One problem does emerge, however, from the very persuasiveness of D.’s analysis. She has earlier spoken of the separate narrative units as independent and discrete, and this description works very well for some sections of the narrative. The various Athenian actions after the withdrawal of the Peloponnesians in the first year of the war, for instance, at first seem separate, but, as D. notes, they can be seen in retrospect as a cluster giving an impression of ‘a flexible, confident, and very far-reaching sea power putting Pericles’ strategy into action’ (p. 105).2 At other times, however, the introductory sentences in D.’s units do draw connections with the earlier narrative (by means of genitive absolutes or subordinate clauses, for instance, or even an opening gar at iii.70.1). At times, too, the close of an earlier unit has sown the seed for the later resumption of a narrative strand (e.g. through the use of an imperfect tense to leave events suspended, sometimes in combination with the particle men).3 In these cases the effect is not quite the paratactic series of independent narrative units that D. at times claims, though more detailed and rigorous linguistic and discourse analysis would be required to define the types of relation established more precisely.
One interesting case that D. considers is the opening of a new unit (the aborted Peloponnesian attack on the Piraeus) at ii.93.1: ‘before dispersing the fleet that had withdrawn to Corinth and the Crisaean gulf Cnemus and Brasidas and the other leaders of the Peloponnesians at the beginning of winter wanted . . .’. Here D. well shows how Thucydides’ structuring (the loose narrative connection created by placing this unit rather than the simultaneous Sitalces narrative at the start of the winter) brings out the sudden change in Peloponnesian morale caused by the arrival of Brasidas (p. 88). She does not discuss, however, the way in which the seasonal opening ‘at the beginning of winter’ is displaced from its regular opening position by a phrase similar to a presentation by negation: ‘before dispersing . . .’ ( prin . . . dialusai), i.e. ‘they did not disperse the fleet (as we expect), but plan an attack . . .’. The units D. analyses would seem much more discrete if their opening sentences more consistently started with an indication of temporal setting.4 Here the opening phrase integrates the new unit from the start with the preceding narrative (and note too that prin . . . dialusai is itself later picked up by epeide . . . dieluthe at 2.102.1, the opening of another new unit), while both the quasi-negative prin . . . dialusai and the postponed seasonal marker increase the sense of surprise. At the same time, the comments D. makes on this episode illustrate one danger in her subtle method of structural analysis: juxtaposition with the preceding episode brings out well the sense of a sudden change of morale, but so would the other possible arrangement, an a-b-a structure. Indeed, returning to the Peloponnesian fleet after an intervening section on Sitalces might have made the attack seem even more surprising.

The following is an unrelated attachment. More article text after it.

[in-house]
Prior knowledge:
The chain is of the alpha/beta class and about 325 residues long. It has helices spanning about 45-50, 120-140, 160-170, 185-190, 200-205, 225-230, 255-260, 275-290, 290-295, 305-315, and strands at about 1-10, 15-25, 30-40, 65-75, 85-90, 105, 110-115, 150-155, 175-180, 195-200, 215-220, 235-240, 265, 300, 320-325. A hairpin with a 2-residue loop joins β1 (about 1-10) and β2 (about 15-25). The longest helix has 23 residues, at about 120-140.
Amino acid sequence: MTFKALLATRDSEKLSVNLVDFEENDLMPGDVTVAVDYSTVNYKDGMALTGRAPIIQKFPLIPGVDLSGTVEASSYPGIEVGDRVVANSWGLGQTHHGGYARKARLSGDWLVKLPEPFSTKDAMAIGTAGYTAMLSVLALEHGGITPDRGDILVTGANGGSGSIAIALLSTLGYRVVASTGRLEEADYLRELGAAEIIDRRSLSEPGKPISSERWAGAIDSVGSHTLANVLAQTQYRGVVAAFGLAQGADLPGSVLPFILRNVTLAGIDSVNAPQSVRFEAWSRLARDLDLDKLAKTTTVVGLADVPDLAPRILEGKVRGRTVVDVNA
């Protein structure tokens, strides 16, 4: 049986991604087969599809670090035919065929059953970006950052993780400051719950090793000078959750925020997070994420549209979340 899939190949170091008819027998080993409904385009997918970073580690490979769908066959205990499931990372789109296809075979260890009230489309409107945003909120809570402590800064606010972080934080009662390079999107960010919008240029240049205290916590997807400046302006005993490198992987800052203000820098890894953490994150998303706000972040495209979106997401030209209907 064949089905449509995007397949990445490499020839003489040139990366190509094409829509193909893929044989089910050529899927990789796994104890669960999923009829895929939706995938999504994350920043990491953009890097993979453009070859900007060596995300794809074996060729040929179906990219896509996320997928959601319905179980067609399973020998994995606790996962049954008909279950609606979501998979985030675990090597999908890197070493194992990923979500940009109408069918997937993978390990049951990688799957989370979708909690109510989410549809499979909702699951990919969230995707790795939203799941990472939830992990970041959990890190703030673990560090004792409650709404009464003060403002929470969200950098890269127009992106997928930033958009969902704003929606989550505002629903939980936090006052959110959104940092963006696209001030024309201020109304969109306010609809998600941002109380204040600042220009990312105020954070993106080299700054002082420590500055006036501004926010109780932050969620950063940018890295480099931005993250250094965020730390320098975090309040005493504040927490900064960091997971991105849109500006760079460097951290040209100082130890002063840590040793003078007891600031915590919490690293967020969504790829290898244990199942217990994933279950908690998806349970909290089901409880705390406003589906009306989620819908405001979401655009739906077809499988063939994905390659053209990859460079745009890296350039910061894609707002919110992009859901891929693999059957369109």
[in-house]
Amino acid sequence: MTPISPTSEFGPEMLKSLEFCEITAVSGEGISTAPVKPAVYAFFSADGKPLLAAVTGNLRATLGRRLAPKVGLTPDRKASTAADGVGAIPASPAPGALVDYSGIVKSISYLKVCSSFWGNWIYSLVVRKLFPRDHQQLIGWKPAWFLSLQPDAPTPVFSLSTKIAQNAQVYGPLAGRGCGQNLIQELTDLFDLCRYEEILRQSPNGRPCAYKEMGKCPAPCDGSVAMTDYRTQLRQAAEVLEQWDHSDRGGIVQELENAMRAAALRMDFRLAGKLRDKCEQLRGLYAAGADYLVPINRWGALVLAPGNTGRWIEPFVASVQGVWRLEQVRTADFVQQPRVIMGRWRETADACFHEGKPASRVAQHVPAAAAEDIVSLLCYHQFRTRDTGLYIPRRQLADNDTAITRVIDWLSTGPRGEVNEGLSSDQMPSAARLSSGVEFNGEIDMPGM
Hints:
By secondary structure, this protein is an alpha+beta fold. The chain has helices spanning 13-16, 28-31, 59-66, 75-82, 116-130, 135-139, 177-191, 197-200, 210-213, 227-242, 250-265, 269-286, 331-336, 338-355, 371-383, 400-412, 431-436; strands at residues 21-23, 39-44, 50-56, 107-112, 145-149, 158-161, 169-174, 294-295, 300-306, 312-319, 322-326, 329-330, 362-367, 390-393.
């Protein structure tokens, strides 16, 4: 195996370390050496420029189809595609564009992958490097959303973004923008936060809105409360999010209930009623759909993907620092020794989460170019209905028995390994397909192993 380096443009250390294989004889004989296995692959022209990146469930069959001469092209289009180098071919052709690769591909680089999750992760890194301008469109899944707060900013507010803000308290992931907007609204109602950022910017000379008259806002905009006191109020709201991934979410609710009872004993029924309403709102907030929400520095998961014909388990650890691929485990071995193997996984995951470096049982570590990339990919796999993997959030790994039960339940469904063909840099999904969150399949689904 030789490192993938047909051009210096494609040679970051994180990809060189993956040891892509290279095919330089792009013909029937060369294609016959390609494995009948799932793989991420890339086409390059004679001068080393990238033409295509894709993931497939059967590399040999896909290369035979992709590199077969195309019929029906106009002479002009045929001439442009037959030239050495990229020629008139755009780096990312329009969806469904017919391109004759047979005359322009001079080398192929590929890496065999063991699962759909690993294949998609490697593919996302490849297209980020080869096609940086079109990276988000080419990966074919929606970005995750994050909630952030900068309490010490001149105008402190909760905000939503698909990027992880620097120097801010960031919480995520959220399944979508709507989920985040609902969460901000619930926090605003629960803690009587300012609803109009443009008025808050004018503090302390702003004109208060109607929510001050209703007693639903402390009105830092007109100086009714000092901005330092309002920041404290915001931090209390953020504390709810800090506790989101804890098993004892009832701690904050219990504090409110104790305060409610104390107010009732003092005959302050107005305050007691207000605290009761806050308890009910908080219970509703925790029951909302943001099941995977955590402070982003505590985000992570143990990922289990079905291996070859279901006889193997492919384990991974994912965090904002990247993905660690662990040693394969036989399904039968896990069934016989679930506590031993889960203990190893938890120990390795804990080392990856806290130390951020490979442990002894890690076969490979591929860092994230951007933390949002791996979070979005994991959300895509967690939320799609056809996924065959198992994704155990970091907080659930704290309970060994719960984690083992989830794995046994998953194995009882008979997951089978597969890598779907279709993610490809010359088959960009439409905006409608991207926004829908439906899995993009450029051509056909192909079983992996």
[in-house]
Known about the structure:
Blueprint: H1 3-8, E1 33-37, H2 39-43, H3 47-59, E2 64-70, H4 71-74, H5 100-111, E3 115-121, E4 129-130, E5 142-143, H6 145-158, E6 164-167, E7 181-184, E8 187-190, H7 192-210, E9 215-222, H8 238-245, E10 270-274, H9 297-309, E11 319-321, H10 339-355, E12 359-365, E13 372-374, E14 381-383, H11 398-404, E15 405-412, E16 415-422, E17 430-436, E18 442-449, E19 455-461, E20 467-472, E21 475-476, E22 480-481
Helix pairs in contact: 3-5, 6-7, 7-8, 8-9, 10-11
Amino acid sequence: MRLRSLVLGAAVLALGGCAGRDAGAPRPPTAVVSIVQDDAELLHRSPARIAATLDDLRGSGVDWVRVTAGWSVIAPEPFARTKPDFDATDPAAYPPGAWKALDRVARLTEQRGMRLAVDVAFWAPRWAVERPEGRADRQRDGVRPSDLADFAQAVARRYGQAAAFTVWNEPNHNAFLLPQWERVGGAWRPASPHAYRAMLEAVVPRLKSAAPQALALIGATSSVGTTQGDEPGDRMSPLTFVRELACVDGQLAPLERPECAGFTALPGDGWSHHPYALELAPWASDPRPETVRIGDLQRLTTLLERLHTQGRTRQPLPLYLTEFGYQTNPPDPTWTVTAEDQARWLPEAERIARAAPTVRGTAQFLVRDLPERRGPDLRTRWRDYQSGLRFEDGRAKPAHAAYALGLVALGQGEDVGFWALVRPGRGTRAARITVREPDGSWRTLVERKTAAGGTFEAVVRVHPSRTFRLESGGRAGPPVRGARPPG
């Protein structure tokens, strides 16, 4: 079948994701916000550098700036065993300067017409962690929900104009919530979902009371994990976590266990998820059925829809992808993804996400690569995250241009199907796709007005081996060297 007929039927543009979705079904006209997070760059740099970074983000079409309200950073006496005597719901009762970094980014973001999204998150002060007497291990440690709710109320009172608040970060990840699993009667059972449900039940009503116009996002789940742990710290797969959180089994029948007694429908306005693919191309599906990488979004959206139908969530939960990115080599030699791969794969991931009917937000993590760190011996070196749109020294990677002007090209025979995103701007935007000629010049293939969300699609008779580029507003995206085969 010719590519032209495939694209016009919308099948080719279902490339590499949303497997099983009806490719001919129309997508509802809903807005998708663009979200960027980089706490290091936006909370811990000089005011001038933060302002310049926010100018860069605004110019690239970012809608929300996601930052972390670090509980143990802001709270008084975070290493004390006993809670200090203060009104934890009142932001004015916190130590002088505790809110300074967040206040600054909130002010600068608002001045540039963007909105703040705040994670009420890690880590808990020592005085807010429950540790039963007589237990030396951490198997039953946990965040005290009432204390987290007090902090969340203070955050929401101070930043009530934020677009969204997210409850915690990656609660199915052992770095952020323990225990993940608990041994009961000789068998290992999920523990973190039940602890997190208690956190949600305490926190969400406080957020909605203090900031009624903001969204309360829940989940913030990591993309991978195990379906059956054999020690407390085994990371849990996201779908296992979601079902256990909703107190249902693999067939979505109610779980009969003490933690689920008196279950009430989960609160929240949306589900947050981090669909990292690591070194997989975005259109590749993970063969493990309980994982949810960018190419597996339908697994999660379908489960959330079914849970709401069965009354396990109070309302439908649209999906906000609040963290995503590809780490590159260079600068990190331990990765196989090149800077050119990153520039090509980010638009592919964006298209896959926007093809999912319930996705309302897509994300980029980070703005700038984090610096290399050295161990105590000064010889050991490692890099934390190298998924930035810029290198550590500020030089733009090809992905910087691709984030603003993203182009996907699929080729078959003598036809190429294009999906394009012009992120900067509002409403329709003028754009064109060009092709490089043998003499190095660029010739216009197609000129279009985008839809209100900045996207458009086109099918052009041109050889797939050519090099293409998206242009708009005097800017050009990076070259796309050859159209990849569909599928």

D.’s general analysis of the narrative units of the Archidamian narrative is still persuasive, and she does in any case acknowledge that her division of the narrative into units is not the only sort of analysis possible. It also helps that her criteria for unit-division are clearly expressed. Twice, however, it seemed to me that her divisions obscured important aspects of narrative articulation. In his account of the first Peloponnesian invasion of Attica, Thucydides consistently brings out (often through genitive absolutes) the temporal relation between Peloponnesian actions and Athenian responses, but while D.’s division (ii.10-12, 13-17, 18-23) recognizes this it does not follow it through consistently: the genitive absolute, the change of subject, and the formal mention of the Athenian generals at ii.23.2 (the Athenians’ dispatch of 100 ships) perhaps make this section worth analysing as a ‘simple picture unit’ in itself. And while D. reads iv.124-32 as a unit showing Brasidas’ excellent generalship and his ability to inspire troops (p. 89), I would prefer to start a new unit at iv.129.1: the subject changes to Brasidas as he learns of the loss of Torone (de Jongian narratologists would call this a ‘find-passage’), and an analeptic explanation of the loss follows. Dividing this unit into two would highlight the problems faced by the Spartans at this stage through their enforced reliance on Perdiccas.